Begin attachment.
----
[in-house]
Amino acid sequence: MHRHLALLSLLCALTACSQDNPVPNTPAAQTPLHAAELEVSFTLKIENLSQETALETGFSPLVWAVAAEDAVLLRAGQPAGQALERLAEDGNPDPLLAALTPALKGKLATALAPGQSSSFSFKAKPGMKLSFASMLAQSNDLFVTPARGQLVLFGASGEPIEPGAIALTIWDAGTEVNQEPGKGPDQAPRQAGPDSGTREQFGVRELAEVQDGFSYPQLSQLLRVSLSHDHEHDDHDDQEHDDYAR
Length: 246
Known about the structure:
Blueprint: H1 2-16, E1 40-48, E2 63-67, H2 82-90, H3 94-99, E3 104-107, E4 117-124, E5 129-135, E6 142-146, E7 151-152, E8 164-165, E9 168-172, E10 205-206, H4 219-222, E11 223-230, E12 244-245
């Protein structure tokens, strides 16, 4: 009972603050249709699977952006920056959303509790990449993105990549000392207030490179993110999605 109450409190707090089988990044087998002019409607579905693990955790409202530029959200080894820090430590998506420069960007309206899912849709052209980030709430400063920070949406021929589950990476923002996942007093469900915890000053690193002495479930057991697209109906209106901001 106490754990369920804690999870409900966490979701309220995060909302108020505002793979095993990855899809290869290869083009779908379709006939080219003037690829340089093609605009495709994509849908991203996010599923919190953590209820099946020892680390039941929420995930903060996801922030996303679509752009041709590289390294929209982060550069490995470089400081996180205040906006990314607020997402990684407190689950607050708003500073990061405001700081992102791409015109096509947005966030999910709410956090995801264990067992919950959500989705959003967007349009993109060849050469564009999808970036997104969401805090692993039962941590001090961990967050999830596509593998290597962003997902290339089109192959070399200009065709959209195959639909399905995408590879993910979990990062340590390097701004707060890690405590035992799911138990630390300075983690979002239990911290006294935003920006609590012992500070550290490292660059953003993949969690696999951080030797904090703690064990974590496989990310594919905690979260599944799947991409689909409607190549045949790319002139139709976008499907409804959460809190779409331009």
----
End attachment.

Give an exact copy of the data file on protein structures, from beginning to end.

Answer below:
[in-house]
Amino acid sequence: MHRHLALLSLLCALTACSQDNPVPNTPAAQTPLHAAELEVSFTLKIENLSQETALETGFSPLVWAVAAEDAVLLRAGQPAGQALERLAEDGNPDPLLAALTPALKGKLATALAPGQSSSFSFKAKPGMKLSFASMLAQSNDLFVTPARGQLVLFGASGEPIEPGAIALTIWDAGTEVNQEPGKGPDQAPRQAGPDSGTREQFGVRELAEVQDGFSYPQLSQLLRVSLSHDHEHDDHDDQEHDDYAR
Length: 246
Known about the structure:
Blueprint: H1 2-16, E1 40-48, E2 63-67, H2 82-90, H3 94-99, E3 104-107, E4 117-124, E5 129-135, E6 142-146, E7 151-152, E8 164-165, E9 168-172, E10 205-206, H4 219-222, E11 223-230, E12 244-245
């Protein structure tokens, strides 16, 4: 009972603050249709699977952006920056959303509790990449993105990549000392207030490179993110999605 109450409190707090089988990044087998002019409607579905693990955790409202530029959200080894820090430590998506420069960007309206899912849709052209980030709430400063920070949406021929589950990476923002996942007093469900915890000053690193002495479930057991697209109906209106901001 106490754990369920804690999870409900966490979701309220995060909302108020505002793979095993990855899809290869290869083009779908379709006939080219003037690829340089093609605009495709994509849908991203996010599923919190953590209820099946020892680390039941929420995930903060996801922030996303679509752009041709590289390294929209982060550069490995470089400081996180205040906006990314607020997402990684407190689950607050708003500073990061405001700081992102791409015109096509947005966030999910709410956090995801264990067992919950959500989705959003967007349009993109060849050469564009999808970036997104969401805090692993039962941590001090961990967050999830596509593998290597962003997902290339089109192959070399200009065709959209195959639909399905995408590879993910979990990062340590390097701004707060890690405590035992799911138990630390300075983690979002239990911290006294935003920006609590012992500070550290490292660059953003993949969690696999951080030797904090703690064990974590496989990310594919905690979260599944799947991409689909409607190549045949790319002139139709976008499907409804959460809190779409331009």